The Book of Revelation portrays a great battle between good and evil, as the forces of darkness
attack and persecute God’s people because they worship the Lamb - “They will make war on the Lamb”
(17:14). The whore was drunk with the blood of the saints (17:6). However the great message of the book
is that the Lamb has conquered through his sacrificial death and is victorious over his enemies. The saints will share this victory as long as they maintain a faithful testimony to Jesus (12:11), through patient endurance (13:10), even though this may mean martyrdom. The victory of Jesus means that death is not the end for the saints, as the martyrs will rule and reign with Christ, and enjoy his presence forever. Even though the saints will experience tribulation (suffering) (1:9), they will never experience the wrath of God. From the rest of the NT we know that this is because Jesus took the wrath of God instead of us, bearing the punishment for our sin on the cross.
Through the book there are many descriptions of judgement that will come on the inhabitants of the
earth who worship the beast, as well as on the beasts and the dragon. The wrath of God will come on them,
described through the trumpets (partial judgements), and the bowls (total judgement). A number of times the evil forces “gather for battle” against the saints (eg. 16:14, 19:19), but no battle is ever described. The result is foregone conclusion because of the victory achieved by Jesus on the cross.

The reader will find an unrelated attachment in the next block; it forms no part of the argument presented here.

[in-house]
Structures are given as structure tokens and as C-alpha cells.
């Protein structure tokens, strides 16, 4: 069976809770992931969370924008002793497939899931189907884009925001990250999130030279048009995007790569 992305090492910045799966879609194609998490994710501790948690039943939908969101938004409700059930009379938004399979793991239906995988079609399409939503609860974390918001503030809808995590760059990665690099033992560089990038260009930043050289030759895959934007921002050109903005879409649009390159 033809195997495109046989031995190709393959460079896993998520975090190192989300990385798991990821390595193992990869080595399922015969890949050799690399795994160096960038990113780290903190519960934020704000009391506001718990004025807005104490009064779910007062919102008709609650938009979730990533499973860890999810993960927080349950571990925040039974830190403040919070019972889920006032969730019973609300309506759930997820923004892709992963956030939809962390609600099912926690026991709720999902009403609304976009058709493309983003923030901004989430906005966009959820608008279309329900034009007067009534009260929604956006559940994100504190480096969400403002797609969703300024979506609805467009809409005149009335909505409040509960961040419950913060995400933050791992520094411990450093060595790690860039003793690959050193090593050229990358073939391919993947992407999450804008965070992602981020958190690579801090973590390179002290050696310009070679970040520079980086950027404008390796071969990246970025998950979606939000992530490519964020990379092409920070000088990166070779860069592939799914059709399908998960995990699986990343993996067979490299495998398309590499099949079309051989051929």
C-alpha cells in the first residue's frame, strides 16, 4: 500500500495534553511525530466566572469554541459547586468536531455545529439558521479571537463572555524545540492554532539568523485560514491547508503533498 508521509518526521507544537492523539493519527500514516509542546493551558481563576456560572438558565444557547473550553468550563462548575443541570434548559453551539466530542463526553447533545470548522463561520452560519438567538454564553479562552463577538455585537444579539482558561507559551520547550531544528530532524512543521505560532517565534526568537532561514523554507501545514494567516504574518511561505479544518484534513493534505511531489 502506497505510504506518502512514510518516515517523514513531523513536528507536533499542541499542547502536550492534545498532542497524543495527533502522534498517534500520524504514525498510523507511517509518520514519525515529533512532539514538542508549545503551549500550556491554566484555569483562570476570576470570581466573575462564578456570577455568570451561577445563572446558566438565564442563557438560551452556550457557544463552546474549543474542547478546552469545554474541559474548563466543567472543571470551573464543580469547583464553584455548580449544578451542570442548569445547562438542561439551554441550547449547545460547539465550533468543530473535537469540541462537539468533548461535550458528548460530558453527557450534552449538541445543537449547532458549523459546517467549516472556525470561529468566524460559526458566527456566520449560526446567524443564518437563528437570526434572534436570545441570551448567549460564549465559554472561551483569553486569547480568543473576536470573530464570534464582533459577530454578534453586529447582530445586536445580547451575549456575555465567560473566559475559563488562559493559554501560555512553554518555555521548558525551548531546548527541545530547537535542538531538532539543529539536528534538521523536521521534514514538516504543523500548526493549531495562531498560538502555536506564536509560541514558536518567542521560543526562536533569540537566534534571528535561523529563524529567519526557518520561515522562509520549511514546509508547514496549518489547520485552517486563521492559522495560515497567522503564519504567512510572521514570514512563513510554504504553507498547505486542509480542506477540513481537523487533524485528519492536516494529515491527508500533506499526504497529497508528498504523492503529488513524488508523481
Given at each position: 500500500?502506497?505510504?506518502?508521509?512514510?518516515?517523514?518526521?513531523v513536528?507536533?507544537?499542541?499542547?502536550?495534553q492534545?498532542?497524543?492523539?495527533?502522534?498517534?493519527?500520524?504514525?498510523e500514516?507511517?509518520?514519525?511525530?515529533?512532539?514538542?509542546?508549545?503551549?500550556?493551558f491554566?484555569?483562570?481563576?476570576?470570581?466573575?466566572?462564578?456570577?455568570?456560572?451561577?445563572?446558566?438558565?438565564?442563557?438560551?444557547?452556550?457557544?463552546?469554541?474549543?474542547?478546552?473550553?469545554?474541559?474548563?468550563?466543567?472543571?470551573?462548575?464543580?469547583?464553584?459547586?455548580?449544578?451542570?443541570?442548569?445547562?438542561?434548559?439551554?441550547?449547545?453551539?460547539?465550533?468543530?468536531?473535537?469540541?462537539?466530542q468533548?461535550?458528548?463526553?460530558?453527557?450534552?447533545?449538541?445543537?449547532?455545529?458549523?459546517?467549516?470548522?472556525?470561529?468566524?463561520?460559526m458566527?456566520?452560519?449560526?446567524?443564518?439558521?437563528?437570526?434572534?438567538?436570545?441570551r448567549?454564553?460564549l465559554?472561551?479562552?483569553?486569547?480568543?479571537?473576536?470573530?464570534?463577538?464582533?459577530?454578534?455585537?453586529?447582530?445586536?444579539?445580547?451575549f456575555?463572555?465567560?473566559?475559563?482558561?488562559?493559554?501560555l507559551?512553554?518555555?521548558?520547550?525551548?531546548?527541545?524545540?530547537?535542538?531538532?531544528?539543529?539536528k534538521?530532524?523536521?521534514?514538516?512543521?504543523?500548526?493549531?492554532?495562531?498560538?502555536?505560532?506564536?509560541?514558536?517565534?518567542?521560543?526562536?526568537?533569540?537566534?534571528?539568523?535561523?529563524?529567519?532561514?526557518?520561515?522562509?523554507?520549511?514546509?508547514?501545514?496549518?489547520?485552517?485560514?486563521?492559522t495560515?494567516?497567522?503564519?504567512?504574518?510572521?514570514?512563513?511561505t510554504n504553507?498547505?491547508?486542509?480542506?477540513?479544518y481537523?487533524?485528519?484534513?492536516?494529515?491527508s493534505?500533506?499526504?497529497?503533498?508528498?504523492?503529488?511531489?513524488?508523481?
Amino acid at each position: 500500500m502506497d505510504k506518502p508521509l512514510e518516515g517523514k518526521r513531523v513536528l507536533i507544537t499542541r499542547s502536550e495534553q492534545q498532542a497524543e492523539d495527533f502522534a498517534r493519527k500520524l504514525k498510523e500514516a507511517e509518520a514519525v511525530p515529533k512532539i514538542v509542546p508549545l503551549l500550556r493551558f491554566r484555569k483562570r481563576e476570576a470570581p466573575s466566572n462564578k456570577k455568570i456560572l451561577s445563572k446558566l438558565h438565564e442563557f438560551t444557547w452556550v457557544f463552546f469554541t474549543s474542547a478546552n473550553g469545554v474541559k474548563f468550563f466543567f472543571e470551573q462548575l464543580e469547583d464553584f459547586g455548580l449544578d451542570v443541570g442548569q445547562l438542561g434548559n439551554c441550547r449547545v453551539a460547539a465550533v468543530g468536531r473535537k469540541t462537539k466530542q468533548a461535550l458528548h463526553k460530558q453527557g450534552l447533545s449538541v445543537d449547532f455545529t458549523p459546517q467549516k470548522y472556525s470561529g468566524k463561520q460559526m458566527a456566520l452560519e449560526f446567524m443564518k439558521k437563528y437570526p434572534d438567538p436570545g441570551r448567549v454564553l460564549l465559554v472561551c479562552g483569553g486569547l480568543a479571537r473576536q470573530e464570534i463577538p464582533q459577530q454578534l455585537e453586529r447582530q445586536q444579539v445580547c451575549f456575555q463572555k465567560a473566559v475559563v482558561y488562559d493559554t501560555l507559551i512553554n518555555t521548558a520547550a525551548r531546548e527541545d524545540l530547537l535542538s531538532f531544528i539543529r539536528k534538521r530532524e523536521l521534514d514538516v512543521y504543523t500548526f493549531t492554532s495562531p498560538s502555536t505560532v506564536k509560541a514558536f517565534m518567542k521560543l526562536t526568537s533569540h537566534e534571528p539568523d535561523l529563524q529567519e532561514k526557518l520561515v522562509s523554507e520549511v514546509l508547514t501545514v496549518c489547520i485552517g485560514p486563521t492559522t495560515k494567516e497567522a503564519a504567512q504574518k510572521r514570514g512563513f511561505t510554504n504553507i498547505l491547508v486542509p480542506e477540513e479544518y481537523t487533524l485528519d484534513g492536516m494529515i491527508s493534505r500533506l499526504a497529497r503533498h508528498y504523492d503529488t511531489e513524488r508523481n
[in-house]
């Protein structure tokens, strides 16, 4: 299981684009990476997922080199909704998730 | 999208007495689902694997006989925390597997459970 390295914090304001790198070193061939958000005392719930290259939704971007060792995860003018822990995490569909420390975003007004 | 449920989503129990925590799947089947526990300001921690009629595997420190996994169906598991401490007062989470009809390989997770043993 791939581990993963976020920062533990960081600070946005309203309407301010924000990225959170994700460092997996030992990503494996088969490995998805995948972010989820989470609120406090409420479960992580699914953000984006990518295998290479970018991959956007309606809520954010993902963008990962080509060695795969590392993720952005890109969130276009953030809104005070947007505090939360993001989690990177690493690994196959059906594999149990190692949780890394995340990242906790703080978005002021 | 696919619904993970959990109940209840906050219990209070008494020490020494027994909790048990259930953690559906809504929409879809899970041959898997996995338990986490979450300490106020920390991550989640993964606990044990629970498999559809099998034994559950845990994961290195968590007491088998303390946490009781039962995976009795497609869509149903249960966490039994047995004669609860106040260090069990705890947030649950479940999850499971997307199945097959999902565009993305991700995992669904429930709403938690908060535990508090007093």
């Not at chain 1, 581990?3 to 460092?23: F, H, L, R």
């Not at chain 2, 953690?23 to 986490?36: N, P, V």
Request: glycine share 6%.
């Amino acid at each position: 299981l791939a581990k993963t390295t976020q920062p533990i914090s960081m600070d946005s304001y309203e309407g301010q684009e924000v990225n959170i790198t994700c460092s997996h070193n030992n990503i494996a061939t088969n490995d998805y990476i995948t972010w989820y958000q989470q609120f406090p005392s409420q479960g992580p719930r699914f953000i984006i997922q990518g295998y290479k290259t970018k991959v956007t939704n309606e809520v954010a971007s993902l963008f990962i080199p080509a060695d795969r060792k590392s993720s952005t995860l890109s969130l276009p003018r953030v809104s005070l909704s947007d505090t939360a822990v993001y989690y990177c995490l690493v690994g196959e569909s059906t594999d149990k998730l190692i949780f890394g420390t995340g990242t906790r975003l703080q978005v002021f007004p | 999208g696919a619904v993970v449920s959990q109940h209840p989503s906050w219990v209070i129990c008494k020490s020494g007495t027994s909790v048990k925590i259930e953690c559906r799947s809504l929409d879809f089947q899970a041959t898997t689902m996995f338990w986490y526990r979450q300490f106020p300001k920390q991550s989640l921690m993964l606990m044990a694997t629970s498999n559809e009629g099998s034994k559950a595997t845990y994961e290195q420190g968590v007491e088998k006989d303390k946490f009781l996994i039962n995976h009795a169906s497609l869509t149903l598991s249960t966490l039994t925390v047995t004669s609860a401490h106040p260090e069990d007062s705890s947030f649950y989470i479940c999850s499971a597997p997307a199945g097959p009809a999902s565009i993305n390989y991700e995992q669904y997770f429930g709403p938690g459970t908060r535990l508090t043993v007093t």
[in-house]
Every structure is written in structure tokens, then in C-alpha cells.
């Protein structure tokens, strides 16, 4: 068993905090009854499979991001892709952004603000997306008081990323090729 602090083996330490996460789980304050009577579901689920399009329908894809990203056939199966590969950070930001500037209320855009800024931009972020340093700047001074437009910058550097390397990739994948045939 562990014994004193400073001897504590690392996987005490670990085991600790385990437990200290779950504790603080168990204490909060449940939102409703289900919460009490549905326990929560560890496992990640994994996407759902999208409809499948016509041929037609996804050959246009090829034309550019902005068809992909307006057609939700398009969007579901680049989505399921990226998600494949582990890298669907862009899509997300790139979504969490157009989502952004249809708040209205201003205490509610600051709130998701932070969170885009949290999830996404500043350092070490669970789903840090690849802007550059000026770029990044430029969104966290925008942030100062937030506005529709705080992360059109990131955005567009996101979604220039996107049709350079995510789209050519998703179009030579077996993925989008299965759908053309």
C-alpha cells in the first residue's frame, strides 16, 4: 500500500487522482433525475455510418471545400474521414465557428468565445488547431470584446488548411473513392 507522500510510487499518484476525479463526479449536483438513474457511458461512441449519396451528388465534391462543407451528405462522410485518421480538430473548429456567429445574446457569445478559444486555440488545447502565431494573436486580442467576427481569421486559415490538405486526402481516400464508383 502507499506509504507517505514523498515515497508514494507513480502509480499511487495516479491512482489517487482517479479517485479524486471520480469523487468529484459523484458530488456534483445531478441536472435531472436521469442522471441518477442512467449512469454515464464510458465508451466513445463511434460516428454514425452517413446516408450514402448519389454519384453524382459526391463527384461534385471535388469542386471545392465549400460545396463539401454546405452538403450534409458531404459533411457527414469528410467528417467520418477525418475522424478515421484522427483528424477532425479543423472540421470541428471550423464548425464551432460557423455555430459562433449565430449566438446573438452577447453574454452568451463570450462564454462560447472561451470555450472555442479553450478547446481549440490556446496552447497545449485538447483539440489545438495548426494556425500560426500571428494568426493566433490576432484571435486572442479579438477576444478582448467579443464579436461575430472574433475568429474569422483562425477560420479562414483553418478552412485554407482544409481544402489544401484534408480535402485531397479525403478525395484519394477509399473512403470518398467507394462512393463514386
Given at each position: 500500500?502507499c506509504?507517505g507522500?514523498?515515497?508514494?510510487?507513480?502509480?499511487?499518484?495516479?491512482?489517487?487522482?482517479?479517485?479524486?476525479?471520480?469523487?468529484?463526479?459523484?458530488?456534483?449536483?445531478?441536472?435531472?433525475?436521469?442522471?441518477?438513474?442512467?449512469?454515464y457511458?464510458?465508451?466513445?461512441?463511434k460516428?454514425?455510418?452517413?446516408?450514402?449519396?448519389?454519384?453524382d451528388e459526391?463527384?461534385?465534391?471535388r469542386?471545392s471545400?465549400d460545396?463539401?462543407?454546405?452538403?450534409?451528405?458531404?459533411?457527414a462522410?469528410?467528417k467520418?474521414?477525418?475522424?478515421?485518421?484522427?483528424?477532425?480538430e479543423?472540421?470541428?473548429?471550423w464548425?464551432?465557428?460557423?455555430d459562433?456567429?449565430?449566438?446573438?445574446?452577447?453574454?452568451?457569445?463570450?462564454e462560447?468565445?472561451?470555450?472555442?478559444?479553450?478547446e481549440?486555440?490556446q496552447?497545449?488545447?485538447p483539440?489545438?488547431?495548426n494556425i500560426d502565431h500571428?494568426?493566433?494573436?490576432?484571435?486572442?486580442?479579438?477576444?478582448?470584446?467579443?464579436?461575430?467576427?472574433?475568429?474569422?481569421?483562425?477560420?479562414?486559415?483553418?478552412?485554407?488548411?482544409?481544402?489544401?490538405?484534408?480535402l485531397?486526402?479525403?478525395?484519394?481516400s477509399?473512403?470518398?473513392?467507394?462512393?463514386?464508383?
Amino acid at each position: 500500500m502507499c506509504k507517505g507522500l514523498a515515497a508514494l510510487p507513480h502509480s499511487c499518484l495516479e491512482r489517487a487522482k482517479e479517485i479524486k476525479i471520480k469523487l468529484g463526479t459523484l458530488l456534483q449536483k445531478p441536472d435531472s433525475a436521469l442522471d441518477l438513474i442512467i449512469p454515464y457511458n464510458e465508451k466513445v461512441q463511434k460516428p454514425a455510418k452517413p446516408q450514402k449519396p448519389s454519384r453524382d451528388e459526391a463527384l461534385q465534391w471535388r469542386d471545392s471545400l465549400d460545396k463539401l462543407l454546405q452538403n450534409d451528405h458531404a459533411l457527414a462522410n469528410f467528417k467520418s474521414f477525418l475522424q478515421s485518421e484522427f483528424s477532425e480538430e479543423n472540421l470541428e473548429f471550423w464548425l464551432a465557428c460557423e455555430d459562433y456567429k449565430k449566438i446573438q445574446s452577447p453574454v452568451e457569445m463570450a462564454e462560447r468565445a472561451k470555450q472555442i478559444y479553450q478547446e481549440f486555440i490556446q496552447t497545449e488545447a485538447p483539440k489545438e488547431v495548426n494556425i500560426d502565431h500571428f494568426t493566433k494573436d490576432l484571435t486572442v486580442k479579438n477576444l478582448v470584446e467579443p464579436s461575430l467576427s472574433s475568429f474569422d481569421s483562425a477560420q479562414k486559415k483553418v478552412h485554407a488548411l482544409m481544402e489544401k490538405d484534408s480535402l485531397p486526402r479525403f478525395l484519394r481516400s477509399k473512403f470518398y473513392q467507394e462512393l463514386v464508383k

Table showing the main characters and their paralleled and contrasting descriptions
|The spiritual powers
|HOLY TRINITY: (1:4-5)
||TRINITY OF EVIL: (16:13)
|God the Father
- The One seated on the throne (ch 4)
|The Dragon (ch 12)
- thrown down to earth (12:9-13)
- The Lamb that had been slain (ch 5)
|Beast out of the sea
- with a mortal wound (13:3)
| The Holy Spirit
- The seven spirits before the throne(1:4, 4:5)
|Beast out of the earth
- The false prophet (13:11, 19:20)
||The Bride (19:7-8, ch 21)
||The harlot (prostitute) (ch 17)
||New Jerusalem (ch 21) = 'The Holy City'
||Babylon (ch 18) = 'The Great City'
|Servants or kings:
||Servants of our God (7:3) = Saints
||The kings of the earth (6:15, 17:2)
||White (7:9,13-14, 19:14)
||Scarlet and purple (17:3-4)
||Those who dwell in heaven (13:6)
||Inhabitants of earth (6:10, 8:13, 13:8)
||Worship God and the Lamb
||Worship the beast
|Seal/mark = name:
||bear his Seal on foreheads
= Father's name (14:1, 22:4)
|bear his Mark on forehead
= Name of beast (13:17)
|Book of life:
||Names in Lamb's book of life (21:27)
||Names NOT in book of life (17:8)
|Destiny - suppers:
||Invited to marriage supper of lamb (19:9)
||Eaten at great supper of God (19:17)
||New Heaven and New Earth (21:1)
||Lake of fire = second death (20:14)
|The spiritual battle
||THE SAINTS WILL CONQUER
||Make war on the lamb and the saints (17:6, 14)
||by testimony to Jesus (12:11)
patient endurance (13:10, 14:12)
(even to martyrdom)
|Gather for battle (16:14, 19:19)
||Experience tribulation (suffering)
||Experience the wrath of God
- Trumpets (partial)
- Bowls (total)
||Never experience wrath of God